CARDINAL NEWMAN ON ENGLAND AND THE ROMAN CATHOLICS.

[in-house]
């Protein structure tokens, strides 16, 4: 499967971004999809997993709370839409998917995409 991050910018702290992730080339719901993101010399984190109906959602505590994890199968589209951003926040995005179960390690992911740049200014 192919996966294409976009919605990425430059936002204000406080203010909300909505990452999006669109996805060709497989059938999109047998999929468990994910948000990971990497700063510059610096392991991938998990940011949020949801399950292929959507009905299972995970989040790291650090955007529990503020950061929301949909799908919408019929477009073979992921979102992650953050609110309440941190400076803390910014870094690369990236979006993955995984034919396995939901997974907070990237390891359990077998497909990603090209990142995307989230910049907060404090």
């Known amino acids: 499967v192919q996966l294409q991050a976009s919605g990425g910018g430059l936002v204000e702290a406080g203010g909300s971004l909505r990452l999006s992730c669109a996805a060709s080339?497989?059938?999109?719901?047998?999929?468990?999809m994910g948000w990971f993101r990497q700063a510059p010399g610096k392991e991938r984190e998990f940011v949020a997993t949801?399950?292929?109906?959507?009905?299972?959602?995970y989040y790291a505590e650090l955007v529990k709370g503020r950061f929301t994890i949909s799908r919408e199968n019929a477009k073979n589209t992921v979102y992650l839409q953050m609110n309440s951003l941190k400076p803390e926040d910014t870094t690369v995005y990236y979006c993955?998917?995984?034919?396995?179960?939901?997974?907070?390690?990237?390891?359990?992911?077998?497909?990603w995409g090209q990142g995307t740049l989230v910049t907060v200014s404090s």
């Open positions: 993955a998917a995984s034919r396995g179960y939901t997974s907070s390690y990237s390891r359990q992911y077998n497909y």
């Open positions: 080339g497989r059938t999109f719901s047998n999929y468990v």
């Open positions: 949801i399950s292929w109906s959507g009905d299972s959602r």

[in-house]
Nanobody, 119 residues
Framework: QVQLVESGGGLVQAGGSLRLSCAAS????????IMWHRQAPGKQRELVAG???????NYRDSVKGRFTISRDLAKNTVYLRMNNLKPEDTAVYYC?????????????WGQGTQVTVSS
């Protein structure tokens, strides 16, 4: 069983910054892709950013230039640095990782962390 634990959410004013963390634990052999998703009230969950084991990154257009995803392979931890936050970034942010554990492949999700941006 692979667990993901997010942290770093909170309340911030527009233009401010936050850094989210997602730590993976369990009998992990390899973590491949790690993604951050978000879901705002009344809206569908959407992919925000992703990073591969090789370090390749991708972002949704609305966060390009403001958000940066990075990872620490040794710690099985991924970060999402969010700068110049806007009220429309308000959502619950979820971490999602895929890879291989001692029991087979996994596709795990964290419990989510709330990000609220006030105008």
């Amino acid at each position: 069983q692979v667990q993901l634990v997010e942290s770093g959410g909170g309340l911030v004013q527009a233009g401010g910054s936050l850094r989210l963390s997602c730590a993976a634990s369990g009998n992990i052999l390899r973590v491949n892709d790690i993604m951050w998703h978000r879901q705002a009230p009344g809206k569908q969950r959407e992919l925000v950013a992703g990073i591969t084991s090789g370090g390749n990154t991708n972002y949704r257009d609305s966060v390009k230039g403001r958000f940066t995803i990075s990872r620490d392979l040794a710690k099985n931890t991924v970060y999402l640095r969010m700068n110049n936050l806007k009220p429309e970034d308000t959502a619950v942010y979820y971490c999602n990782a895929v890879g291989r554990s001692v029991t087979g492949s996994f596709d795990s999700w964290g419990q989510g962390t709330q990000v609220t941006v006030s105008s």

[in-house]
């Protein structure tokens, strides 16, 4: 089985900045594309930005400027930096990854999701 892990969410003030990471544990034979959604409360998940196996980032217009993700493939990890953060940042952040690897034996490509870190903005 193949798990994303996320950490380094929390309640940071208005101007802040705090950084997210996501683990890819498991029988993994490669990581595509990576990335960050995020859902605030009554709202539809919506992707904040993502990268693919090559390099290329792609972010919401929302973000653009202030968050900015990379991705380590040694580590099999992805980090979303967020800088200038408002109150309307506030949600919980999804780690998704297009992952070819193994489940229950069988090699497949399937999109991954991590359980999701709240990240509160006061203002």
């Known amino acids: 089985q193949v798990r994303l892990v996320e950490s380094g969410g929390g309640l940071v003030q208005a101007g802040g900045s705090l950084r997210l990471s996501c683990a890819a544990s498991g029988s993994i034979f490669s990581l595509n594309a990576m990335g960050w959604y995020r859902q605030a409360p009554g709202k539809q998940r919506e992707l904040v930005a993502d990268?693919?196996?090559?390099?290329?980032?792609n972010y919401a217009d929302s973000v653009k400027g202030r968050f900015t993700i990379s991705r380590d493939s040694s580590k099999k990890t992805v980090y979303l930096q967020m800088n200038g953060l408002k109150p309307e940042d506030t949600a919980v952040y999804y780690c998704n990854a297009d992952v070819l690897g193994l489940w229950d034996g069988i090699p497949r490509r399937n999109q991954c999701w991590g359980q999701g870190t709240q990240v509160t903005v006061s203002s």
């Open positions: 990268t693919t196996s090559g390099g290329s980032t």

CARDINAL NEWMAN'S striking address on the causes of the gentler and more friendly feeling towards Roman Catholics which is now to be found in English society, is, as he himself declared, by no means exhaustive. The reasons he assigns for that kindlier attitude are, first, that after every rush of exaggerated feeling, especially if it be unfair to a class, there is certain to be reaction so soon as it is discovered that the feeling was greatly and very unfairly exaggerated; next, that the terrible consequences which the Protestants had imagined as likely to result from the accession of a Catholic hierarchy in England have not shown themselves, so that the panic about Catholicism has died away; thirdly, that the regard felt in Protestant homes for many of the converts to Catholicism has itself done much to mollify the feeling towards Catholics, to re- move prejudices, and to dissipate the idea that all Catholics must resemble Guy Faux or the Duke of Alva; and lastly, that the feeling inspired by the late Pope, Pio Nono,—who was the most perfect representative of high Papal claims, and who yet inspired so much respect and esteem, even among Protestants, by his kindness, eloquence, and humour,— went a great way to remove the notion that Catholics as Catholics, or even Popes as Popes, must be dangerous and malignant beings. Still, says Cardinal Newman, there is no change in the general dislike and distaste felt by Protestants for the religion of Catholics, though they have come to think so much better of those who profess that religion ; but this state of things is hardly one, he imagines, which can be permanent. Either the friendly feeling entertained towards individual Catholics must inspire a higher estimate of the religion itself, or the distrust felt of the religion must in time restore the old aversion towards those who profess it.